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DRIVING THE FUTURE and make using biomethane as a transport fuel at least as financially attractive as other potential uses.

OPPORTUNITY KNOCKS However, there could finally be some light at the end of the tunnel ¬– the Department for Transport’s recent reforms to the RTFO now require 12.4 per cent of all fuels to be derived from renewable sources by 2032. This provides a great opportunity for the AD industry and could be just the impetus required to see biomethane finally take centre stage. Indeed, the Anaerobic Digestion and Biogas Association (ADBA) states: ‘The reforms to the RTFO should help stimulate uptake of biomethane as a transport fuel and create a positive investment environment beyond 2020.’

MAXIMISING HEAT The reforms to the RTFO are expected to generate a further increase in the number of biomethane projects coming on stream in the next few years – in fact, 45 projects currently have planning permission, while a further 10 have submitted a planning application2. However, in order to maximise both profits and plant efficiency, any prospective biomethane developer should ensure they are taking full advantage of the heat generated within the AD process, and that it is being put to best use. Heat plays a key role in various biogas upgrading methods – cooling and condensation may be used to remove water or siloxanes from biogas, while refrigeration may be used in CO2 washing systems. Cryogenic upgrading technologies, meanwhile, use the different boiling and sublimation points of different components of biogas to freeze CO2 and evaporate nitrogen. All of these processes can be made more efficient if existing sources of heating and cooling in a plant are utilised through heat exchangers. Choosing the correct heating and cooling technology, and selecting the right heat exchanger for your project, is therefore vital to the success of the biogas upgrading process. When investigating any biogas-tobiomethane upgrading project, you should ask potential technology suppliers how their heating and cooling systems work. If any heat is being wasted in the system, an experienced heat exchanger supplier would be happy to come on board to investigate the potential to improve system efficiencies, helping to fuel the next generation of gas vehicles.



o improve the air quality in our towns and cities and to meet our carbon emission reduction targets, the UK’s transition to cleaner electric vehicles is essential. One of the current barriers to this transition in this country is the lack of EV charge-point infrastructure. We meet FlexiSolar, whose large-scale solar carports offer both a clear solution to this infrastructure need, and the means to generate the energy required to power it. Backed by Innovate UK, the UK’s innovation agency, FlexiSolar formally entered the market last year as a design, manufacturing, installation and operations company specialising in the integration of solar panels, electric vehicle charging points and carports. The support from Innovate UK, as part of the department’s focus on driving forward innovations that will grow the UK economy, has enabled FlexiSolar to fully commercialise its concept and rollout this integrated energy solution across the country. In the Autumn 2017 budget, Chancellor Phillip Hammond announced £540m earmarked to support the growth of electric vehicles, including more charge-points. With global car manufacturers scaling up their production of electric only cars, ownership of electric vehicles is set to increase significantly in the next few years. Powering these cars on a large scale must not break the grid and focus is turning to how to achieve this with a clean, renewable energy source.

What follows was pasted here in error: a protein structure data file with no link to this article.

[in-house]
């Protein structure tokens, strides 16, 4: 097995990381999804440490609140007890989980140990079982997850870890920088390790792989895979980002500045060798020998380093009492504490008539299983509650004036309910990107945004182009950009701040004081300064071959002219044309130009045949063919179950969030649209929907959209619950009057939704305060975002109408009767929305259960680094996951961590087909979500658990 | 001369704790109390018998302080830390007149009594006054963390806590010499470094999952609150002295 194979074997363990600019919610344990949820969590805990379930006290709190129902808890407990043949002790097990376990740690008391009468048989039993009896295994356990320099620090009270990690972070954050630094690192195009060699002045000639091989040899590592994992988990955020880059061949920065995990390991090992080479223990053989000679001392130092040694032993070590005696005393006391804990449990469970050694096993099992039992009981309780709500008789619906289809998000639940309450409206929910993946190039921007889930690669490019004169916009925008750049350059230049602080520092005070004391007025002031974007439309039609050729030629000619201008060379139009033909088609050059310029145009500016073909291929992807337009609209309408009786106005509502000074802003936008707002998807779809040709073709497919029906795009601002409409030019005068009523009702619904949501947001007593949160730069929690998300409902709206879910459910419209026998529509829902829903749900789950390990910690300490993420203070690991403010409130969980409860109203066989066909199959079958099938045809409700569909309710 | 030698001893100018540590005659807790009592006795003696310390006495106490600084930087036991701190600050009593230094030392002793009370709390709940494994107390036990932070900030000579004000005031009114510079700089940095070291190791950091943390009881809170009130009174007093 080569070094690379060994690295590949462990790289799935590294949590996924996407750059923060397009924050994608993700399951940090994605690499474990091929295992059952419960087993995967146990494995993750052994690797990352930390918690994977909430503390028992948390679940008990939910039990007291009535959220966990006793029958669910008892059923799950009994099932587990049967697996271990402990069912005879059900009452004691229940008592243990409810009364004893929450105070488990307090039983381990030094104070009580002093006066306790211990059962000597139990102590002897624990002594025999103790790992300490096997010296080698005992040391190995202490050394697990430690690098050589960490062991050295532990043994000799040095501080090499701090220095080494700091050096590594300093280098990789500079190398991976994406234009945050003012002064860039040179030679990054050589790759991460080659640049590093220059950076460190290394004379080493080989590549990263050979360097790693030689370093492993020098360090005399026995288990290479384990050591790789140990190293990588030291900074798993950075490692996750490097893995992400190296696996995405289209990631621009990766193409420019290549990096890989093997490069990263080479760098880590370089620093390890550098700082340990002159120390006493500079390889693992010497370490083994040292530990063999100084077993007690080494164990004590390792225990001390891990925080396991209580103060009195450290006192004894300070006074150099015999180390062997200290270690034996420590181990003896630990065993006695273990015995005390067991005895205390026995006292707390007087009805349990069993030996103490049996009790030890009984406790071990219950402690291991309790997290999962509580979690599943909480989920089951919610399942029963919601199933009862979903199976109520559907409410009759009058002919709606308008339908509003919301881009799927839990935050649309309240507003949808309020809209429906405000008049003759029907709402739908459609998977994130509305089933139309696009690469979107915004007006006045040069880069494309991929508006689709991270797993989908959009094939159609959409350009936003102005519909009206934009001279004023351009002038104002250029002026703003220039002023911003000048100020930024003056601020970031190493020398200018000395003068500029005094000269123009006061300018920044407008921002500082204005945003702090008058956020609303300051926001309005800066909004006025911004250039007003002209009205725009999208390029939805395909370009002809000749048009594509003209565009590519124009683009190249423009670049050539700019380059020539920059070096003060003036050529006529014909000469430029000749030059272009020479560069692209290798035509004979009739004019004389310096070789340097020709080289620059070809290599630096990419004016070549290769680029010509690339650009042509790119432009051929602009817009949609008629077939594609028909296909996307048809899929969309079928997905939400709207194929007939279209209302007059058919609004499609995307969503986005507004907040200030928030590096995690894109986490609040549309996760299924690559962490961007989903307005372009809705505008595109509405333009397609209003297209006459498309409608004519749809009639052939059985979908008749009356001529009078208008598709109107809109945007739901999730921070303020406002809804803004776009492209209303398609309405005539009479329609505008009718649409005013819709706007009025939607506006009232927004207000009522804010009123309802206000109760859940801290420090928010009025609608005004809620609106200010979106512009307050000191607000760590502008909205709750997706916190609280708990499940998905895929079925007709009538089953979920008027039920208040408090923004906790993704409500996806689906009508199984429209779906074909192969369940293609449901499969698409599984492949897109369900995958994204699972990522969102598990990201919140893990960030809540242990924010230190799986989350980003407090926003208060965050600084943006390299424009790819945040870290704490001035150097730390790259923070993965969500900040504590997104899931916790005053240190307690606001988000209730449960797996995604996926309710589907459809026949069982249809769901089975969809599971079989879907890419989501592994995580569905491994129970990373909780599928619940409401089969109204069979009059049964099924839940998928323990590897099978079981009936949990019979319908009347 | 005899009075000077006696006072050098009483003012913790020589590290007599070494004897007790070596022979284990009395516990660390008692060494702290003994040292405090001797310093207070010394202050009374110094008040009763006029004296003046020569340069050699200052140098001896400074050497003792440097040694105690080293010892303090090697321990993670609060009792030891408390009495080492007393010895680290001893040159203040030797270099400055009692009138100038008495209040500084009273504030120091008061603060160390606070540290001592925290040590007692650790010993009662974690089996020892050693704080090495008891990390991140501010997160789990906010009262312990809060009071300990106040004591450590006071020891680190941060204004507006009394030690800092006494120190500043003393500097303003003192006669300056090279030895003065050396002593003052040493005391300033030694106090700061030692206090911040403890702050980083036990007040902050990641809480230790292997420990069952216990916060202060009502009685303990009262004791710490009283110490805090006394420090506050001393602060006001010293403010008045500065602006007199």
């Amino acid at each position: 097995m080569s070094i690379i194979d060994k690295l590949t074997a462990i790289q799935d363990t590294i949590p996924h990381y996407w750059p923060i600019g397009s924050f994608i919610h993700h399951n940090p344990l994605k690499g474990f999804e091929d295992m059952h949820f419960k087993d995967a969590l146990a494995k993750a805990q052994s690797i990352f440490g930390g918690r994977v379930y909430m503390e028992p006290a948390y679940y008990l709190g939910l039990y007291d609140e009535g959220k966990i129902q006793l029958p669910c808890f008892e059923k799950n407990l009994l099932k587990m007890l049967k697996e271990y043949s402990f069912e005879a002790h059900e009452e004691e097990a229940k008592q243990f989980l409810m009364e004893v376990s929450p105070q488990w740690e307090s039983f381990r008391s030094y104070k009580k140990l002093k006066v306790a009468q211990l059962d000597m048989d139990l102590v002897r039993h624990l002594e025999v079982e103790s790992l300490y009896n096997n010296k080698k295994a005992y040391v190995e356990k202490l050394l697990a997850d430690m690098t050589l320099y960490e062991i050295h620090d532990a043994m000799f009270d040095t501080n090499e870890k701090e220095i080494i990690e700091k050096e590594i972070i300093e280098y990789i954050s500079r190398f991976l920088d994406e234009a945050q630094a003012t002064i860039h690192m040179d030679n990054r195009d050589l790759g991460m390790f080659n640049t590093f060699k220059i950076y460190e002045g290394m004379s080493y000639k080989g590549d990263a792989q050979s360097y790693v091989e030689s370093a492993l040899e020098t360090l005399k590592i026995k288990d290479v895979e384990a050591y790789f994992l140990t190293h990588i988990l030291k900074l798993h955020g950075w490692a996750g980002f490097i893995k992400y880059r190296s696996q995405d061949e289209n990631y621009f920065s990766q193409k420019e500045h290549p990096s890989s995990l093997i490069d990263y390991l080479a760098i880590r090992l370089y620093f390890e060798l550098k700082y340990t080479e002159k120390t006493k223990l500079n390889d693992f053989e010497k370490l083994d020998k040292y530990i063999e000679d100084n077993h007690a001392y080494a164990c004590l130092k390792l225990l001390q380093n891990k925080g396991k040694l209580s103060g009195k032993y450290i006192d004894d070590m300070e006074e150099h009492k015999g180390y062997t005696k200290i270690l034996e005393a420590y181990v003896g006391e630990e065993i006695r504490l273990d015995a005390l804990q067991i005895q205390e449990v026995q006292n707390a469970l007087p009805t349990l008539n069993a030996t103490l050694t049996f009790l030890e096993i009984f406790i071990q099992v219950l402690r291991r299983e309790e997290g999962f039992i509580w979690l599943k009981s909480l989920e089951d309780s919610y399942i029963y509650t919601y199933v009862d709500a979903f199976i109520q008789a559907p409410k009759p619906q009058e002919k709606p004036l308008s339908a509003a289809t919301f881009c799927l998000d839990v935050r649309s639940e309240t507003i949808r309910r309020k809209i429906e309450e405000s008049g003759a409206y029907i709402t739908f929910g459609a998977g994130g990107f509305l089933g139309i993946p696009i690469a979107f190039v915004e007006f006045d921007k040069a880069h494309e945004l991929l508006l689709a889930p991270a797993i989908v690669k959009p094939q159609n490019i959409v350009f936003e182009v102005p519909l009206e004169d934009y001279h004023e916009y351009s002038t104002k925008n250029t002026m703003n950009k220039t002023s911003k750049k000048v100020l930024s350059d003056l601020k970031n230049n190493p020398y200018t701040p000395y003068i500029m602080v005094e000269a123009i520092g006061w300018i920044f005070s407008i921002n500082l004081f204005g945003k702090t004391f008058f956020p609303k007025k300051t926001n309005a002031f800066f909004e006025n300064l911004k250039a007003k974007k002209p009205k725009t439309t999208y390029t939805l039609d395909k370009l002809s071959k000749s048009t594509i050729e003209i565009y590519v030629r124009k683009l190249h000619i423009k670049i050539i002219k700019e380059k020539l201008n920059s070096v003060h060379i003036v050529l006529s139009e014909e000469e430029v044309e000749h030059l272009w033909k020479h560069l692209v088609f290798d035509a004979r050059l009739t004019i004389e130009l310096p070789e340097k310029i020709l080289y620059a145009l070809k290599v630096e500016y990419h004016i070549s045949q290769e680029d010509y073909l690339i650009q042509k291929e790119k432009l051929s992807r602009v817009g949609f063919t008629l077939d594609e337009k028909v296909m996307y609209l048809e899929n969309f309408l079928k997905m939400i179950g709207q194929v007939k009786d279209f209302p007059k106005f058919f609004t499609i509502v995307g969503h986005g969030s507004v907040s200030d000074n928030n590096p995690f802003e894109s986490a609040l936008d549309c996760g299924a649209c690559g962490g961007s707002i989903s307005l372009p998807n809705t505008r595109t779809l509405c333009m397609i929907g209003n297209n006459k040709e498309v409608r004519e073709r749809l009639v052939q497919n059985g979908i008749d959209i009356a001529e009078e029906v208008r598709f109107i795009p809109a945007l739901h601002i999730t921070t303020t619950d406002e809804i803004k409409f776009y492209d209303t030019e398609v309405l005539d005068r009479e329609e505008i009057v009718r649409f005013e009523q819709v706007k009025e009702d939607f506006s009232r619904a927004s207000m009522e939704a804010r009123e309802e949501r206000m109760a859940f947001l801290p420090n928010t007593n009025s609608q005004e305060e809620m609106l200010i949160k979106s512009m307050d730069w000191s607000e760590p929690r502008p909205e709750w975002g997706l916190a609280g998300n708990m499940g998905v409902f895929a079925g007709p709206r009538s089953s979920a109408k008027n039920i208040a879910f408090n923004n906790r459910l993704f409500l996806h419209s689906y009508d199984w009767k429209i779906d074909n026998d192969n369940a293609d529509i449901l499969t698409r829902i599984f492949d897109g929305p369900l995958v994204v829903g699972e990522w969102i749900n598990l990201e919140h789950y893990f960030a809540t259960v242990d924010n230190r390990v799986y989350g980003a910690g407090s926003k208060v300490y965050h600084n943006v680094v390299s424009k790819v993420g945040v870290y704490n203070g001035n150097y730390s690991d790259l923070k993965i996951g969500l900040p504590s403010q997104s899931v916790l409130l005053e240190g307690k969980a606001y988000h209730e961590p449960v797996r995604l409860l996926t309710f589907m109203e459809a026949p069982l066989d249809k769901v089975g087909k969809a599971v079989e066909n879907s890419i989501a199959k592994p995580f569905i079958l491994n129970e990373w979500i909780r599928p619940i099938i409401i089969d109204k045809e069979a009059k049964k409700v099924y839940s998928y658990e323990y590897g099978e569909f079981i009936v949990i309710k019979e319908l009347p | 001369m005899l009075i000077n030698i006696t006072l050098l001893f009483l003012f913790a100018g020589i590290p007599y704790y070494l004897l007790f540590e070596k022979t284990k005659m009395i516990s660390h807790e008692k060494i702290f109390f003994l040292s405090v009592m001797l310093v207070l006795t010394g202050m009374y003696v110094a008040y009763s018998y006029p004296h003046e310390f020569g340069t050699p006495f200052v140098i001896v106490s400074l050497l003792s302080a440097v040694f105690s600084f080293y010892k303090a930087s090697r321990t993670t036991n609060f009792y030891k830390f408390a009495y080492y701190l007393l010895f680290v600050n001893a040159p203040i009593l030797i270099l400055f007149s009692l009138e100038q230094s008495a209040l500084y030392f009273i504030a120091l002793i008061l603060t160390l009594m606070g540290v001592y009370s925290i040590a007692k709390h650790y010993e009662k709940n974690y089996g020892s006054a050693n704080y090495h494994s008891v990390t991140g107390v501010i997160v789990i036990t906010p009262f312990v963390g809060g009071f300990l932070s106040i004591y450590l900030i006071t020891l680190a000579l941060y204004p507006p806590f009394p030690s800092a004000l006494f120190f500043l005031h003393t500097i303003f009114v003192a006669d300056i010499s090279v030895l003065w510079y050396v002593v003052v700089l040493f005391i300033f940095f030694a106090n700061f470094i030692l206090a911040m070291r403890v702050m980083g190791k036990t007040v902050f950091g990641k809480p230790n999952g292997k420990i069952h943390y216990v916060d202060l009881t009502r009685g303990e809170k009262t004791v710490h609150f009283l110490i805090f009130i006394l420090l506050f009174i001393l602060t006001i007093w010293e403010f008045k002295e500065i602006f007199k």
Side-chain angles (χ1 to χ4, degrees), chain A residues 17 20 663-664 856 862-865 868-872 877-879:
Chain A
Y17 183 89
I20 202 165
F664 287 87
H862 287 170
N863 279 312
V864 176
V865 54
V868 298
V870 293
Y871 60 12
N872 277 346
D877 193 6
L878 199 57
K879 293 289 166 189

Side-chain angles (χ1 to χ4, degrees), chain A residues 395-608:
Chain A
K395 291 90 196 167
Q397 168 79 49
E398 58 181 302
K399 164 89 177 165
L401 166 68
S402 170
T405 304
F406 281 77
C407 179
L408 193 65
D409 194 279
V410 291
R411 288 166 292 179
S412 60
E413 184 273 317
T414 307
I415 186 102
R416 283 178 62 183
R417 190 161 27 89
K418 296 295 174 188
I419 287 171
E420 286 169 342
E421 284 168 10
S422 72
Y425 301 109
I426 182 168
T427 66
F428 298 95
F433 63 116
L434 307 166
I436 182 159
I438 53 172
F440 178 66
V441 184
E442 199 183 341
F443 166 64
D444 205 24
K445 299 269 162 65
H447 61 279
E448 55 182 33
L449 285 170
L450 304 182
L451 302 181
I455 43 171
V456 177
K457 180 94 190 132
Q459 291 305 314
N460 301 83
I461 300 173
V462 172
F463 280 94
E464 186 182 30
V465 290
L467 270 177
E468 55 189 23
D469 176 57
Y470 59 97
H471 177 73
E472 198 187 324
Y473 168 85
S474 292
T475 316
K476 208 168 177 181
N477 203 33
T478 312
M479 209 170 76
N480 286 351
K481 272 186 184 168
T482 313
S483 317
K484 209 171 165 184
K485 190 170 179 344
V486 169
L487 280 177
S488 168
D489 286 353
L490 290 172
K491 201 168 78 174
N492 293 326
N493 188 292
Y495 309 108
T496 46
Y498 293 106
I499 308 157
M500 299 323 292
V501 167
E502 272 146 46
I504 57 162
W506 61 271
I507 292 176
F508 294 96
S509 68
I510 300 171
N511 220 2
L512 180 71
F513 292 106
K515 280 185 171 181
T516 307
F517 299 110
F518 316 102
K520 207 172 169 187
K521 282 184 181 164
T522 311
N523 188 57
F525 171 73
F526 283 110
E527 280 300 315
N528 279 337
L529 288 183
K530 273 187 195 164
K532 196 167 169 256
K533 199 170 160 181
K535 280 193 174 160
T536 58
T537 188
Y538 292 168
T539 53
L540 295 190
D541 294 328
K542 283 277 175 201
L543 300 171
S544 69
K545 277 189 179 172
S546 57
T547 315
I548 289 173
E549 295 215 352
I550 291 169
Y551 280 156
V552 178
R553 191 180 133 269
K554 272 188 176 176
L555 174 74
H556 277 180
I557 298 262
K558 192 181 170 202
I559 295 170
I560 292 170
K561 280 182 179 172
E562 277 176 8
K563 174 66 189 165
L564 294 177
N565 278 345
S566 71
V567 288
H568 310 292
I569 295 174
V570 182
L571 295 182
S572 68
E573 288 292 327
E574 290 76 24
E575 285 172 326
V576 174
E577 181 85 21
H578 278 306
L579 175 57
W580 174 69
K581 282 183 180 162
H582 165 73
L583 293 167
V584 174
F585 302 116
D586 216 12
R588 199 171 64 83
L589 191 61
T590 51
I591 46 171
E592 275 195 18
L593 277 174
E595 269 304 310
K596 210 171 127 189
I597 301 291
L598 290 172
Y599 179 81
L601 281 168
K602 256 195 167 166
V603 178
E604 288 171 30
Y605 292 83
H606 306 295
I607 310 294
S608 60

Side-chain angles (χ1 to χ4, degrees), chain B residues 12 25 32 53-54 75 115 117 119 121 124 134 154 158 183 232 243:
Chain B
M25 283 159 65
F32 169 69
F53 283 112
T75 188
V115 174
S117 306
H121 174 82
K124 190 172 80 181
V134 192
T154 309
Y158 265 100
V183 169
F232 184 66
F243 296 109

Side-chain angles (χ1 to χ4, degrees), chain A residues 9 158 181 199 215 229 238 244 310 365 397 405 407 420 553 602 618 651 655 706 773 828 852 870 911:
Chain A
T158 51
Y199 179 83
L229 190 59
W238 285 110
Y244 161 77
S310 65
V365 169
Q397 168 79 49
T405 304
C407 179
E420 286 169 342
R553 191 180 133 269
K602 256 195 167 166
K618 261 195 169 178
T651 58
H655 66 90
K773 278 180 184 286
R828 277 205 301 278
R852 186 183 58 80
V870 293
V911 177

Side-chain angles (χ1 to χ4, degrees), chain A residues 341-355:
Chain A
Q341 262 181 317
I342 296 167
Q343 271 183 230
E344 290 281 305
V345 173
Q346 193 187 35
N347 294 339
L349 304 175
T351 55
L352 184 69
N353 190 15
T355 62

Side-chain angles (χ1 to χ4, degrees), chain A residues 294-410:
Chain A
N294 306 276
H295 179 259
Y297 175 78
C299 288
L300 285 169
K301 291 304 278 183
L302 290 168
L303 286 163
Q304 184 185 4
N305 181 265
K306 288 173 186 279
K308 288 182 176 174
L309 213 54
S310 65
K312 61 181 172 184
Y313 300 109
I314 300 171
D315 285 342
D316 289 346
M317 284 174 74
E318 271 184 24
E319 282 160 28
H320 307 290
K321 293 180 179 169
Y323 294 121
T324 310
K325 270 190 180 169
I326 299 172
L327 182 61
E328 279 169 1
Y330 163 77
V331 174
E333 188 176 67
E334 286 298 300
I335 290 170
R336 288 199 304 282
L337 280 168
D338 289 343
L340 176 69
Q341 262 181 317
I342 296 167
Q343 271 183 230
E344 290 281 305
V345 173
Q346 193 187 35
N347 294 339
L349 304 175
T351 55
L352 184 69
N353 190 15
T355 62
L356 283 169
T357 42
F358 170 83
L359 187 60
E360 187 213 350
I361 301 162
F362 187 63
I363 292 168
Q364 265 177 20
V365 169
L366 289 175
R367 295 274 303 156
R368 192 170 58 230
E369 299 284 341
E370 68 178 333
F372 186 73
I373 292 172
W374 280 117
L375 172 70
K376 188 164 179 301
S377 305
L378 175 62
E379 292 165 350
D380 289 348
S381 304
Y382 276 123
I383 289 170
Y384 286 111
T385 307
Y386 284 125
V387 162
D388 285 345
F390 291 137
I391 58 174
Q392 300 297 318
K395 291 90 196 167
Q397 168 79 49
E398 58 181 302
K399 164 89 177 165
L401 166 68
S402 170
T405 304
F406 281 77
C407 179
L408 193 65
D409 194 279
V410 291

THE BENEFITS OF LARGE SCALE SOLAR CARPORTS FlexiSolar’s solar carport concept allows businesses and destinations to utilise existing parking areas to generate power without sacrificing valuable land resources. From a bespoke carport design, steel frames are installed in the right shape, size and position to best harness the sun’s energy from the solar panels on top, with the ability to add EV chargepoint infrastructure underneath. Often seen as an upgrading to existing parking, interest also comes from decision makers that want car park weatherproofing, improved security

and advertising space, on top of EV charging. Internationally, airports, theme parks, manufacturing sites and large parking lots have been early adopters of the approach; clearly seeing the benefits the integrated solution can offer. 2018 is the year that FlexiSolar predict the UK will commit on a large scale too.

GETTING THE UK READY FOR THE ELECTRIC VEHICLES REVOLUTION FlexiSolar knew right from the beginning that an expert renewables team was vital in its work with organisations across the country. The FlexiSolar team boasts a combined over 100 years renewable energy experience between them, led by longstanding renewables champion Chief Executive Tim Evans. At the beginning of this year, FlexiSolar introduced its sales team. It is clear the future of transport is electric, and this evolution is a key focus for both public and private sector organisations across the country. It is also clear that the popularity of renewable energy in general, and solar PV in particular, has not diminished. FlexiSolar predicts 2018 will see further price reductions in energy storage (seen as the final piece of the puzzle) and the integration of solar carports EV charging infrastructure and battery energy storage is exactly what FlexiSolar is on a mission to deliver. The FlexiSolar team are working with organisations and local authorities across the country to discuss their large scale solar carport requirements. The business is set to break ground on a yet unannounced large scale national project this spring. Find out more at



Energy Manager March 2018  
Energy Manager March 2018